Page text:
And although there may be economies of scale with certain building types, and Aalto could have skated by using other library designs in his vast portfolio, all of the libraries that Aalto has built are unique. Simultaneous with his work on what he called his “Oregon Project,” Aalto was approaching construction of the Vyborg Library for the Finnish Technical Institute, his alma mater.
Vyborg Library, Finnish Technical Institute, Russia 
And just before Fr. Reasoner met with Alvar Aalto, his firm completed building a library in the city of Rovaniemi on the Arctic Circle.
According to Fr. Reasoner, Aalto contacted some close architectural associates in Berkeley, California, at the firm of DeMars & Wells. Aalto had once shared an office with Vernon DeMars. They were both visiting professors at MIT in Boston after the War. Aalto had great faith in DeMars’ skills. Building at a distance is exceedingly challenging for any architect. For Aalto, however, it was not unusual; he had a great team. DeMars confirmed that part of Aalto’s great reputation was that he completed his building projects. In this case DeMars was going to be the point person overseeing the Mount Angel Abbey Library to its successful completion.
Alvar Aalto at his office in Helsinki, courtesy the Alvar Aalto Foundation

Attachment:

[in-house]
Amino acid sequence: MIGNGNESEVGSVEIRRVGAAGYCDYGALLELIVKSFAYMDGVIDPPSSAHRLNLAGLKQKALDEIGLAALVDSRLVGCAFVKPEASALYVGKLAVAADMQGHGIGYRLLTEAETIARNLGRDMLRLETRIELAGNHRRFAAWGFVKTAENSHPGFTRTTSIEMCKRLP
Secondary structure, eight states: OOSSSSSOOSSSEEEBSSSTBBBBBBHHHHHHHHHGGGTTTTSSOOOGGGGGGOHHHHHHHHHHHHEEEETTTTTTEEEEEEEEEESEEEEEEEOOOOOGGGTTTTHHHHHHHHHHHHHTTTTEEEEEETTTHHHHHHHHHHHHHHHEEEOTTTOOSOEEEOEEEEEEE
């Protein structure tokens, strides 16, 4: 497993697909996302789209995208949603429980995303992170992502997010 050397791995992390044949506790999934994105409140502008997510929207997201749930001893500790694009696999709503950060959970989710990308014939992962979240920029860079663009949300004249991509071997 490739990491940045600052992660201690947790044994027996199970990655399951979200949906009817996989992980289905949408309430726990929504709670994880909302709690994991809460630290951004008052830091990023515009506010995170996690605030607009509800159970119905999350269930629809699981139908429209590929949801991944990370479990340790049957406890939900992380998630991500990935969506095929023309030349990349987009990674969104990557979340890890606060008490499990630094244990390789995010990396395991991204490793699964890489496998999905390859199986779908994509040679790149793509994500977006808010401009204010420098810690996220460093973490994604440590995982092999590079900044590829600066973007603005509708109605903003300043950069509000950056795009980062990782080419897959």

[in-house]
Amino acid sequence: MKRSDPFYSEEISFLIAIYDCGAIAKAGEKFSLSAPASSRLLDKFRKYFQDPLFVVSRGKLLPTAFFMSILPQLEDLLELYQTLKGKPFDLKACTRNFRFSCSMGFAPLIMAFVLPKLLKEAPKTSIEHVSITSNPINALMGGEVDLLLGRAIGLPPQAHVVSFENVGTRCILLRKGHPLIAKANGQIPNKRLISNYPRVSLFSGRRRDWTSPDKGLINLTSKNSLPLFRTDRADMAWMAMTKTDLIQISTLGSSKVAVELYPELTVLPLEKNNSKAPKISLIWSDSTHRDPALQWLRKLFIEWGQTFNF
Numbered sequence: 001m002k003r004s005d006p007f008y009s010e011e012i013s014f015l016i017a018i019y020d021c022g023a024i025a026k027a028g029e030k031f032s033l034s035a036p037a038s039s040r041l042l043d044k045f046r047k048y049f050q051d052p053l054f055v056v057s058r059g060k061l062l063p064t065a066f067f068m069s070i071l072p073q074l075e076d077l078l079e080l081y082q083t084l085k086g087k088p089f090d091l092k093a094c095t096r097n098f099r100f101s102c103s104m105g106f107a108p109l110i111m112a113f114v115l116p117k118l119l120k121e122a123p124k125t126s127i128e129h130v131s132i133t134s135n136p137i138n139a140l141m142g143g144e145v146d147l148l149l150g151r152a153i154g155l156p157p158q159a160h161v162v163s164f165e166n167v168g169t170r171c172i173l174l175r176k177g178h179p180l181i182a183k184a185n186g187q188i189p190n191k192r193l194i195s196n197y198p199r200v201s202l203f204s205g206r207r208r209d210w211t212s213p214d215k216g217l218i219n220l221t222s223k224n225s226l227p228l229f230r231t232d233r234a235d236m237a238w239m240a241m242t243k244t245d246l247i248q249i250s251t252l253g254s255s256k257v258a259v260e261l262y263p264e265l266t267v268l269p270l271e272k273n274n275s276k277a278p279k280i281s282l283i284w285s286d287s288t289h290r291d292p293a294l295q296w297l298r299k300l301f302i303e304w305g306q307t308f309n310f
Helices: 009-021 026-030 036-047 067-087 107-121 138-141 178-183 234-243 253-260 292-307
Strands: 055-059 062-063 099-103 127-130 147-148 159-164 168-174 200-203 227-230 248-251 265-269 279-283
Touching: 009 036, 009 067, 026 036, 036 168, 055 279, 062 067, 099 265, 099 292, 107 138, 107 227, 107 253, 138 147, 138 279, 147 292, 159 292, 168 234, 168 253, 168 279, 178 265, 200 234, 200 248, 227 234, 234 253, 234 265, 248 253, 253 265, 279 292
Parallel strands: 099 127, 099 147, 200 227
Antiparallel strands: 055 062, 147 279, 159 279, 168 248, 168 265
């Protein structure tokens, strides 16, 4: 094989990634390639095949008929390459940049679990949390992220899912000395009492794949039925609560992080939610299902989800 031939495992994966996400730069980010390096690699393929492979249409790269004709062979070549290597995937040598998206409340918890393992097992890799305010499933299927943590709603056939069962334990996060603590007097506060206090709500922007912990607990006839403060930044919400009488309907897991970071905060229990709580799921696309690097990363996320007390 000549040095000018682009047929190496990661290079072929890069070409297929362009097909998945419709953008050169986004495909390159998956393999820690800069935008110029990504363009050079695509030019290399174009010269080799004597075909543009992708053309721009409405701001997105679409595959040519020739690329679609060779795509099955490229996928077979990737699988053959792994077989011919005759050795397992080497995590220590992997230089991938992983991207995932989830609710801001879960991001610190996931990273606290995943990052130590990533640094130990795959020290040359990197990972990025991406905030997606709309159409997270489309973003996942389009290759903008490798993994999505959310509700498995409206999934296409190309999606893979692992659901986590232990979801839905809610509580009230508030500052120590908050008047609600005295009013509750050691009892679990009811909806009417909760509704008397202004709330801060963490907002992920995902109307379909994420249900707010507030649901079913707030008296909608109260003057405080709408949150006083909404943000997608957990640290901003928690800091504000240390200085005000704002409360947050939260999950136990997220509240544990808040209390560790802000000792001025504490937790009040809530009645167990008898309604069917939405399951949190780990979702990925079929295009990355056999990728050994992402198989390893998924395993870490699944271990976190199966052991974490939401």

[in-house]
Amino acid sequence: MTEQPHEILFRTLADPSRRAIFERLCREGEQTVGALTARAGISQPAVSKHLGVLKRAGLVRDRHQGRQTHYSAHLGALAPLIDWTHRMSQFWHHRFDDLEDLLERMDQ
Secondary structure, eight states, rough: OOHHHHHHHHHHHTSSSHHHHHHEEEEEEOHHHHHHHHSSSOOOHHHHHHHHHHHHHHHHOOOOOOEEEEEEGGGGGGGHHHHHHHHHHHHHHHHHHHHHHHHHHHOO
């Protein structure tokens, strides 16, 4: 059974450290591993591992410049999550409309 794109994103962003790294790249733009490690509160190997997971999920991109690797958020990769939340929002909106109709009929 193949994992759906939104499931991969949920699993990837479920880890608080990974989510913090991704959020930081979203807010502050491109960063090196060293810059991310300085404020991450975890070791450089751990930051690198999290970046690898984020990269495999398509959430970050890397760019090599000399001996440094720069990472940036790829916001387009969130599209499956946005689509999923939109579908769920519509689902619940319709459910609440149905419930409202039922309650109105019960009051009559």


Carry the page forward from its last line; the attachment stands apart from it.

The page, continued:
Fr. Reasoner was also told that “libraries are Aalto’s pets.” And when they met in Zurich, Switzerland in 1967 to discuss the Oregon Project, Aalto expressed his great interest and enthusiasm for coming to Oregon to see the site. He opined that there is always lots of coming and going in life, especially on school campuses, but “libraries, their function and roles, and the place of libraries in our civilization remain constant.” These seem like genuine sentiments and not easily made up to cover Aalto’s tracks.
There is evidence that Aalto was in poor health, as Fr. Reasoner flew to Zurich to meet the Aalto’s while on a trip there for Alvar’s convalescence. There was no evidence he made the trip to Oregon. The Abbey Library was successfully completed in 1970. He died in Helsinki in 1976, at the age of 78.
Alvar Aalto and his wife, Elissa, in Helsinki, courtesy the Alvar Aalto Foundation
So, how did Aalto come to be the architect of record in Oregon? The official story seems to carry the day. He came across the request for a commission from Fr. Reasoner at the Abbey and Aalto and his colleagues answered the call for a submitted proposal. It seems equally plausible that Aalto liked the project, looked up it’s proximity to his old friend, Vernon DeMars, and he made the proposal with the intention of giving the work to the DeMars firm. Perhaps the official story is believable afterall.